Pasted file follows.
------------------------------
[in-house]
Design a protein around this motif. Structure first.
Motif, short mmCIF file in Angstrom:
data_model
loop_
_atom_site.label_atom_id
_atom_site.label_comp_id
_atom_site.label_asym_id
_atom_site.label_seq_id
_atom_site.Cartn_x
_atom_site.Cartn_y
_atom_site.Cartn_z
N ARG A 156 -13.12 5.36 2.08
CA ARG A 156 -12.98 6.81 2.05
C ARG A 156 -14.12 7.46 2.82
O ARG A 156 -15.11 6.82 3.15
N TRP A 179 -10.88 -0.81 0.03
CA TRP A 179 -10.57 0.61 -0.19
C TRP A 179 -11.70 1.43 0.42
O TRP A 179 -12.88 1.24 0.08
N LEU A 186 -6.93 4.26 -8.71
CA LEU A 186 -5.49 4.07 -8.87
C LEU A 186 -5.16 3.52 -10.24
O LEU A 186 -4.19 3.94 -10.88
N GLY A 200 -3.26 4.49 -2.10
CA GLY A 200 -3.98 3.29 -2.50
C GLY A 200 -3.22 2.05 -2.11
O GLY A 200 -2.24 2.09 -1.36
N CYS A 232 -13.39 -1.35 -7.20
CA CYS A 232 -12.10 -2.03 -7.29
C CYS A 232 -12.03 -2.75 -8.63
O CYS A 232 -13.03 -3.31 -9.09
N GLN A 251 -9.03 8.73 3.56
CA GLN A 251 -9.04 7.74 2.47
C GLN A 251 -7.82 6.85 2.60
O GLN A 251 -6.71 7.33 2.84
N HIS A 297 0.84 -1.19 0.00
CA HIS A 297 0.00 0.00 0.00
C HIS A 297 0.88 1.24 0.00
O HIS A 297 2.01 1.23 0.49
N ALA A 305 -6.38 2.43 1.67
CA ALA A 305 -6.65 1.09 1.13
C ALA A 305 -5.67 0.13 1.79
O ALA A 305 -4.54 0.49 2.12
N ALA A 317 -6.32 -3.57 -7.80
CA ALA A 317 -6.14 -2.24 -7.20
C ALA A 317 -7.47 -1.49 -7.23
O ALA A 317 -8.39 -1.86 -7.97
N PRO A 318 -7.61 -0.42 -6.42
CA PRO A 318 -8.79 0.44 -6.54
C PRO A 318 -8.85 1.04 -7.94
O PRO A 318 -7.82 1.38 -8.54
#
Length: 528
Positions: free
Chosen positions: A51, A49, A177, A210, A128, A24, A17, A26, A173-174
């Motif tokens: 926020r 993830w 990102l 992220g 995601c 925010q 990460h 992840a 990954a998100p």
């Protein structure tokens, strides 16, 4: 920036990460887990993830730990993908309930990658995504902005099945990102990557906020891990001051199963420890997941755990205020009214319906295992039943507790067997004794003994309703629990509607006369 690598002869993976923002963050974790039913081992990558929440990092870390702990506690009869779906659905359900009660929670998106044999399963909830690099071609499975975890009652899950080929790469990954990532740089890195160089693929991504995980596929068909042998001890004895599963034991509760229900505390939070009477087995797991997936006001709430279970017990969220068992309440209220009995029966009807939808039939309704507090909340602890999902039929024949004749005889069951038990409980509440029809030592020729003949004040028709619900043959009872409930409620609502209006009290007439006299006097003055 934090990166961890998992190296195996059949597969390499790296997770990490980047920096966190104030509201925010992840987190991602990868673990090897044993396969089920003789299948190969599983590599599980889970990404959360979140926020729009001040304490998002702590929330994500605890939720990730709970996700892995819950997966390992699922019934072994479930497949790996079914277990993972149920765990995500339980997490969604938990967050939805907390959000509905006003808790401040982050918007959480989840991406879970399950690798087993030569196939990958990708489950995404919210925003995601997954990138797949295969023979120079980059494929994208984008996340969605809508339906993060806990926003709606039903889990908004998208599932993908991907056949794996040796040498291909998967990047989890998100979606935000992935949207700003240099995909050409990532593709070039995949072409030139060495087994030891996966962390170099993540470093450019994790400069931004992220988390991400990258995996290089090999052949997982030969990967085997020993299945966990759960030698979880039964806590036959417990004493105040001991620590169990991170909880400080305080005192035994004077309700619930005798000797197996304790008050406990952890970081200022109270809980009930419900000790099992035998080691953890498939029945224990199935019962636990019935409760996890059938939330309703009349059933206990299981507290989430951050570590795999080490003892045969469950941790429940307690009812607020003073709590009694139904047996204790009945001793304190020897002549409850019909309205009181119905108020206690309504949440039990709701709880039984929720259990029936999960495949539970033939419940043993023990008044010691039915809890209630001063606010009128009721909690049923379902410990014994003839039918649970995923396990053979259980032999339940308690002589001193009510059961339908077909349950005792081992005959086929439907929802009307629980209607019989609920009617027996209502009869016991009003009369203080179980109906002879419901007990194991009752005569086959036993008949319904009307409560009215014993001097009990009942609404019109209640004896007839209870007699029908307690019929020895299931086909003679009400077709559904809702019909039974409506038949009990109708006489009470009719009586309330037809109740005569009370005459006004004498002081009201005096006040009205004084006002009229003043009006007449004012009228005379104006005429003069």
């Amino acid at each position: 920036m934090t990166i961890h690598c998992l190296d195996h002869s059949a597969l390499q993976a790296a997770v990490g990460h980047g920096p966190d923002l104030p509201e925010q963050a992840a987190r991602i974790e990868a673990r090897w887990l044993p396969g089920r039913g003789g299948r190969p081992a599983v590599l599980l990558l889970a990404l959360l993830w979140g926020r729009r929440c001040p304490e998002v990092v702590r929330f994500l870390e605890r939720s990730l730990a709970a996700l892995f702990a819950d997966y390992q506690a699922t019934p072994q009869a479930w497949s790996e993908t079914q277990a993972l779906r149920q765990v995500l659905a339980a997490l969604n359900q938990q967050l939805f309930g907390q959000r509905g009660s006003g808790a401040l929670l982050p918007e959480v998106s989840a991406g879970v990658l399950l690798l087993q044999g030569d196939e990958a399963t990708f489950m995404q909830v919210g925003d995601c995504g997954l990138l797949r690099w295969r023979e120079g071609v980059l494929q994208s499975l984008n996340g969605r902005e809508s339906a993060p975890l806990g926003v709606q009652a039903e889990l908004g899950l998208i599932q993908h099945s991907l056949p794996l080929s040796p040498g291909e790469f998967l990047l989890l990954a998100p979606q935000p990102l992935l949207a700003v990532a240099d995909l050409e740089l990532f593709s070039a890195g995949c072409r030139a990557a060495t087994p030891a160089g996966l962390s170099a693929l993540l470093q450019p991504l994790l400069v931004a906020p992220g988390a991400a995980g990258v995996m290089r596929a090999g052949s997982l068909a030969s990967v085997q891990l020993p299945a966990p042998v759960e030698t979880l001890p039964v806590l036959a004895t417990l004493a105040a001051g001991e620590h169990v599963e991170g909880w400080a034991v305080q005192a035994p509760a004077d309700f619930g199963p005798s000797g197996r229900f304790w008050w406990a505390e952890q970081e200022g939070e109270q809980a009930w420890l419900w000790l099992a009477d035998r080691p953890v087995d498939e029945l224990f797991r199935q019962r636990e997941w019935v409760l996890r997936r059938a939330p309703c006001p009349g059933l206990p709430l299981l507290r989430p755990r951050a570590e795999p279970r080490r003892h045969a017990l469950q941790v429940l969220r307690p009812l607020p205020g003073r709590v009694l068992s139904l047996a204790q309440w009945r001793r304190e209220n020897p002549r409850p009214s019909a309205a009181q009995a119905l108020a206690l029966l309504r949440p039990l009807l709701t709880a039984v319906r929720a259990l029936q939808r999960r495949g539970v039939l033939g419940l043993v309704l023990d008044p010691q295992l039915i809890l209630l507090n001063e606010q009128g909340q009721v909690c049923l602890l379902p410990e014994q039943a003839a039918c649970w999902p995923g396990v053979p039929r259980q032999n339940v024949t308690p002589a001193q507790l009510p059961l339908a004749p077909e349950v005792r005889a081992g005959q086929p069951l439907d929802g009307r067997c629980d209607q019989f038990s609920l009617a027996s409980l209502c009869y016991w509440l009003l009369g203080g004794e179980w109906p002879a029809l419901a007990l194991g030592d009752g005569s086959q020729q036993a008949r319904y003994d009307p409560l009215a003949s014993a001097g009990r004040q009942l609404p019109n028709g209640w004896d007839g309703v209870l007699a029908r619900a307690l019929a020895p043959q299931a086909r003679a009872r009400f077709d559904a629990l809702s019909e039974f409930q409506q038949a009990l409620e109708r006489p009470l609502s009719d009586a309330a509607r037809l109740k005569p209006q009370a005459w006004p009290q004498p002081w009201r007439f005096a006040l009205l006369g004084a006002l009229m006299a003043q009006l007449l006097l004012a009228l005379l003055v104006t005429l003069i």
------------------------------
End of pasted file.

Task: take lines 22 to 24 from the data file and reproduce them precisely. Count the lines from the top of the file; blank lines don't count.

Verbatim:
CA LEU A 186 -5.49 4.07 -8.87
C LEU A 186 -5.16 3.52 -10.24
O LEU A 186 -4.19 3.94 -10.88